vi /etc/xen/auto/vm01.cfg
vif  = [ 'ip=10.0.0.1' ]
#thats all that is required for the networking part.
3. Configure /etc/network/interfaces on the VM itself
mount /srv/xen/vm01-disk.img /mnt
vi /mnt/etc/network/interfaces
auto eth0
iface eth0 inet static
address 10.0.0.1
gateway 10.0.0.254
netmask 255.255.255.0

xm create /etc/xen/vm01.cfg
xm console vm01

Done. So all VMs (10.0.0.0/24) will be able to fully access each other. They will be able access the external network (192.168.0.0/24) via dom0. All traffic NAT'd out from 10.0.0.0/24 to 192.168.0.0/24 will appear from the ip of dom0, i.e. 192.168.0.3 on the external network. As a result the VMs inside this Private LAN are cloaked and hidden.

Troubleshooting Steps for NAT'd Networking

On dom0, do a ifconfig and compare it to:

dom0:~# ifconfig
eth0      Link encap:Ethernet  HWaddr 00:50:8B:DC:F7:2B
         inet addr:192.168.0.3  Bcast:192.168.0.254  Mask:255.255.255.0
         inet6 addr: fe80::250:8bff:fedc:f72b/64 Scope:Link
         UP BROADCAST RUNNING MULTICAST  MTU:1500  Metric:1
         RX packets:1662 errors:0 dropped:0 overruns:0 frame:0
         TX packets:998 errors:0 dropped:0 overruns:0 carrier:0
         collisions:0 txqueuelen:1000
         RX bytes:153897 (150.2 KiB)  TX bytes:145027 (141.6 KiB)

lo        Link encap:Local Loopback
         inet addr:127.0.0.1  Mask:255.0.0.0
         inet6 addr: ::1/128 Scope:Host
         UP LOOPBACK RUNNING  MTU:16436  Metric:1
         RX packets:8 errors:0 dropped:0 overruns:0 frame:0
         TX packets:8 errors:0 dropped:0 overruns:0 carrier:0
         collisions:0 txqueuelen:0
         RX bytes:560 (560.0 b)  TX bytes:560 (560.0 b)

vif1.0    Link encap:Ethernet  HWaddr FE:FF:FF:FF:FF:FF
         inet addr:10.0.0.128  Bcast:0.0.0.0  Mask:255.255.255.255
         inet6 addr: fe80::fcff:ffff:feff:ffff/64 Scope:Link
         UP BROADCAST RUNNING MULTICAST  MTU:1500  Metric:1
         RX packets:129 errors:0 dropped:0 overruns:0 frame:0
         TX packets:144 errors:0 dropped:0 overruns:0 carrier:0
         collisions:0 txqueuelen:0
         RX bytes:13672 (13.3 KiB)  TX bytes:17774 (17.3 KiB)

On dom0, do a iptables -L and compare it to:

dom0:~# iptables -L
Chain INPUT (policy ACCEPT)
target     prot opt source               destination

Chain FORWARD (policy ACCEPT)
target     prot opt source               destination
ACCEPT     0    --  10.0.0.1             anywhere            PHYSDEV match --physdev-in vif1.0
ACCEPT     udp  --  anywhere             anywhere            PHYSDEV match --physdev-in vif1.0 udp spt:bootpc dpt:bootps

Chain OUTPUT (policy ACCEPT)
target     prot opt source               destination

On dom0, do a route and compare it to:

dom0:~# route
Kernel IP routing table
Destination     Gateway         Genmask         Flags Metric Ref    Use Iface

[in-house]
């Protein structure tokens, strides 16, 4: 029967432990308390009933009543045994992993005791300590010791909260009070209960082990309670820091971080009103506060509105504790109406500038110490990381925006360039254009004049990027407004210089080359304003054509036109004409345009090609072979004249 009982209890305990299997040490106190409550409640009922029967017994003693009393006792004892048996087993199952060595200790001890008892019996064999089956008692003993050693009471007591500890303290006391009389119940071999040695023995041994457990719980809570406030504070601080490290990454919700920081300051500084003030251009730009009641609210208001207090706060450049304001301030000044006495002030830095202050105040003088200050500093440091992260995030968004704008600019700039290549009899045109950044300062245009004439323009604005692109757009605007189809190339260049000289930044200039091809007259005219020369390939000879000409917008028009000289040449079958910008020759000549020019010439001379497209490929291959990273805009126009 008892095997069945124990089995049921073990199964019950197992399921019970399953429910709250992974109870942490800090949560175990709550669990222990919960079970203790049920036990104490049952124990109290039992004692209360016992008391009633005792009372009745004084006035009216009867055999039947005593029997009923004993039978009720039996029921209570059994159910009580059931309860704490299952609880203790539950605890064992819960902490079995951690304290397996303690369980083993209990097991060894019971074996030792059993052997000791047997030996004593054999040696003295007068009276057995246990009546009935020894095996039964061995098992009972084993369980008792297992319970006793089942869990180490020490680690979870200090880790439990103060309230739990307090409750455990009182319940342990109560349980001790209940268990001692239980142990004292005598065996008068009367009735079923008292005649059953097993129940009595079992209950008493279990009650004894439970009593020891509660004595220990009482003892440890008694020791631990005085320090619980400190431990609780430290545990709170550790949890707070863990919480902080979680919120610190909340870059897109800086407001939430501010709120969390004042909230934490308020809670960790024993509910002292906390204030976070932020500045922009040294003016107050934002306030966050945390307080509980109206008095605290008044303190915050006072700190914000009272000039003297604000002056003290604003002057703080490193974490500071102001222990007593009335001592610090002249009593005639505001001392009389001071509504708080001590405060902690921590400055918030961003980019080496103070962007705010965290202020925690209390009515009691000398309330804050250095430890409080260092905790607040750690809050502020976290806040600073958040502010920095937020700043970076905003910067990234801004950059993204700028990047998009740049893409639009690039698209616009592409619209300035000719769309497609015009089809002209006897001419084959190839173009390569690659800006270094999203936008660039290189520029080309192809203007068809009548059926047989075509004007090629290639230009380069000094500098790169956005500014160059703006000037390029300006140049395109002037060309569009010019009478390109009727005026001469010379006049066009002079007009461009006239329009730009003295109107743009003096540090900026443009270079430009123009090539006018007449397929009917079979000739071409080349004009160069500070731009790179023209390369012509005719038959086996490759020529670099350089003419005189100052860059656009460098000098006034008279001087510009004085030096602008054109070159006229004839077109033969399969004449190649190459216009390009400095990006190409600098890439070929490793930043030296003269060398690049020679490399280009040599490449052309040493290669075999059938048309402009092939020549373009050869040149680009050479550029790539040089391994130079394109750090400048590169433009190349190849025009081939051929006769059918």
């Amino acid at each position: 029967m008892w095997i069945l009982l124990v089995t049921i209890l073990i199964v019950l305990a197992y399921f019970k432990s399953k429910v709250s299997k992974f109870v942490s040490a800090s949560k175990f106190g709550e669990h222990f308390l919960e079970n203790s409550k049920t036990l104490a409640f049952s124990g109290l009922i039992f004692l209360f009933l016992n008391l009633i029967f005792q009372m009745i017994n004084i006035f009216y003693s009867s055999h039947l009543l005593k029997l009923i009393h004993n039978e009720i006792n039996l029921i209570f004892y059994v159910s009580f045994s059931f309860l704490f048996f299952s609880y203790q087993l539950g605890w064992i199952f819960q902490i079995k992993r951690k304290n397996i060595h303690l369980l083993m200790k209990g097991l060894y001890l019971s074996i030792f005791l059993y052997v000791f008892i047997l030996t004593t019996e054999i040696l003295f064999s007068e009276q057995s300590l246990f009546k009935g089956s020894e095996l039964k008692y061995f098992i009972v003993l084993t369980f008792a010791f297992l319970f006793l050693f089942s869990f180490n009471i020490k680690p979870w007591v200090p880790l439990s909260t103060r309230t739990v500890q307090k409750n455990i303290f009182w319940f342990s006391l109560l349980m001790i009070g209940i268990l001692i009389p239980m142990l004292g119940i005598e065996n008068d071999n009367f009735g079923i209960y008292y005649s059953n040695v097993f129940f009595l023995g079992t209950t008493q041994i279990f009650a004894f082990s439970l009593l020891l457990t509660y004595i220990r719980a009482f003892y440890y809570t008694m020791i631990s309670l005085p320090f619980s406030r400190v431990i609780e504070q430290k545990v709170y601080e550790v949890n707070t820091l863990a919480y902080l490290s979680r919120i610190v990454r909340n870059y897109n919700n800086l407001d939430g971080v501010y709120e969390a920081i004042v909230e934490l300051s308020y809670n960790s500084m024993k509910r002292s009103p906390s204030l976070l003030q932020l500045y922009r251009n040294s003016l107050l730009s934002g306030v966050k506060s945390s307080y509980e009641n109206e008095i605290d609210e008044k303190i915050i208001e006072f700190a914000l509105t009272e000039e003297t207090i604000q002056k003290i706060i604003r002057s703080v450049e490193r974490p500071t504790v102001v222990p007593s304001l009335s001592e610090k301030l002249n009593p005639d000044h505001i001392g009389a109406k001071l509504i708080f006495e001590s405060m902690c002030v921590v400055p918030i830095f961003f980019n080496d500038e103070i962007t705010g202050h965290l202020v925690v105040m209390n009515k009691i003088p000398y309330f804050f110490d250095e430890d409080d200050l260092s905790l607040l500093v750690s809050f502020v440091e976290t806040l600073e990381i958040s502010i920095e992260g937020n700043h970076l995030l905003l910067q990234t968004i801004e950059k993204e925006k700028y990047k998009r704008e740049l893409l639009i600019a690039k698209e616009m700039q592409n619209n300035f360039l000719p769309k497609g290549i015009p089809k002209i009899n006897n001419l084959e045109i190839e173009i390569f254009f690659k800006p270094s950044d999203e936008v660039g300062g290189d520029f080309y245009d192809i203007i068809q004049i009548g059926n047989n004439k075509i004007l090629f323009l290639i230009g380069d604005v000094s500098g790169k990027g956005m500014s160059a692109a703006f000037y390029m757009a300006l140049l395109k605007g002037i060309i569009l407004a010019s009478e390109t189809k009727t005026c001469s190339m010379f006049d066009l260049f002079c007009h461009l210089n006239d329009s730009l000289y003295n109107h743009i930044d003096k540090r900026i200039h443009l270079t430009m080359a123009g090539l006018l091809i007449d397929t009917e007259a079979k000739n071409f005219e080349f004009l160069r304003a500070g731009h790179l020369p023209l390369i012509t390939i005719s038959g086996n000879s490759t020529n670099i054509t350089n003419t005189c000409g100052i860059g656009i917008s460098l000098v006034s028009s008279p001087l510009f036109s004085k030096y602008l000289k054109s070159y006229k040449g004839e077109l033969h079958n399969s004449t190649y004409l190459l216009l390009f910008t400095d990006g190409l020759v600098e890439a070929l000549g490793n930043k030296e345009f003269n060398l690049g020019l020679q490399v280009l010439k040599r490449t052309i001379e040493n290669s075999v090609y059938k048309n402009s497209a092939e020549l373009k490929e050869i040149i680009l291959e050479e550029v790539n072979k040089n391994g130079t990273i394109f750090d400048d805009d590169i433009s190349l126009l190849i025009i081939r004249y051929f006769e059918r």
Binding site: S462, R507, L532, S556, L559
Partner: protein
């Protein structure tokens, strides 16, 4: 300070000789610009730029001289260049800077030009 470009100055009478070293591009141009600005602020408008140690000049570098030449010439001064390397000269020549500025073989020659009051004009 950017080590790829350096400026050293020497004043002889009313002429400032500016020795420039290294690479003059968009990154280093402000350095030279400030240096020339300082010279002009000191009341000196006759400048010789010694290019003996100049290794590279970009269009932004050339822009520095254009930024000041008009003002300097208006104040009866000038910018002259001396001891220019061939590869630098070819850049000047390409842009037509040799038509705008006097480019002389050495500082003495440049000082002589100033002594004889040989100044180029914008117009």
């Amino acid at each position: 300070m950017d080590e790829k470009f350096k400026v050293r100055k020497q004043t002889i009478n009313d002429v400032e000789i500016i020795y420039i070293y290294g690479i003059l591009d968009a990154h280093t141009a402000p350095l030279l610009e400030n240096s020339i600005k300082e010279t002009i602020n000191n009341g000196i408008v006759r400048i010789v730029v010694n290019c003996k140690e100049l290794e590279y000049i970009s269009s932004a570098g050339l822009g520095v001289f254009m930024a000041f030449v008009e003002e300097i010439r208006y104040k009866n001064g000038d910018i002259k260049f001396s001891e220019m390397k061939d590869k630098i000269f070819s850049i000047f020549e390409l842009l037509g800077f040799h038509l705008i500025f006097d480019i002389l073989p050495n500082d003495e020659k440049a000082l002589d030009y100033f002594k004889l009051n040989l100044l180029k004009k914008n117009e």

10.0.0.1        *               255.255.255.255 UH    0      0        0 vif1.0
192.168.0.0     *               255.255.255.0   U     0      0        0 eth0
default         192.168.0.1     0.0.0.0         UG    0      0        0 eth0

On domU, do a ifconfig and compare it to:

vm01:~# ifconfig
eth0      Link encap:Ethernet  HWaddr 00:16:3E:4B:2F:21
         inet addr:10.0.0.1  Bcast:10.0.0.255  Mask:255.255.255.0
         inet6 addr: fe80::216:3eff:fe4b:2f21/64 Scope:Link
         UP BROADCAST RUNNING MULTICAST  MTU:1500  Metric:1
         RX packets:144 errors:0 dropped:0 overruns:0 frame:0
         TX packets:129 errors:0 dropped:0 overruns:0 carrier:0
         collisions:0 txqueuelen:1000
         RX bytes:17774 (17.3 KiB)  TX bytes:15478 (15.1 KiB)

Two-way Routed Network

This xen config is more manual. Xen does very little for free using this config. Forwarding rules must be put in manually. This setup however allows for the greatest flexibility when it comes to routing and setting up a private network.

Network Diagram

Xen_Networks3.jpg

To explain the above diagram a bit more:

  • domU machines are on a different Private LAN.
  • domU traffic is routed to the outside network (192.168.0.0/24).
  • domU machines can be directly accessed from 192.168.0.0/24. A “route” must be added to the Default Gateway (192.168.0.1) for this to happen.
  • domU machines are visible from 192.168.0.0/24.

The only difference between this setup and the previous NAT Networking, is the fact that the domU machines are exposed on the external network. When a VM (10.0.0.1) ssh's to an external machine (192.168.0.5), its original IP is seen.

Xen Setup and Config for Two-way Routed Network

Only the essential pieces of networking configs are shown below.

1. Configure xend-config.sxp
vi /etc/xen/xend-config.sxp
(network-script network-route) 
#(network-script network-bridge)
#(network-script network-nat)

(vif-script vif-route)
#(vif-script vif-bridge)
#(vif-script vif-nat)
2. Configure vm01.cfg (vm config file)
vi /etc/xen/auto/vm01.cfg
vif  = [ 'ip=10.0.0.1' ]
#thats all that is required for the networking part.
3. Configure dom0 for Forwarding
echo 1 > /proc/sys/net/ipv4/conf/all/proxy_arp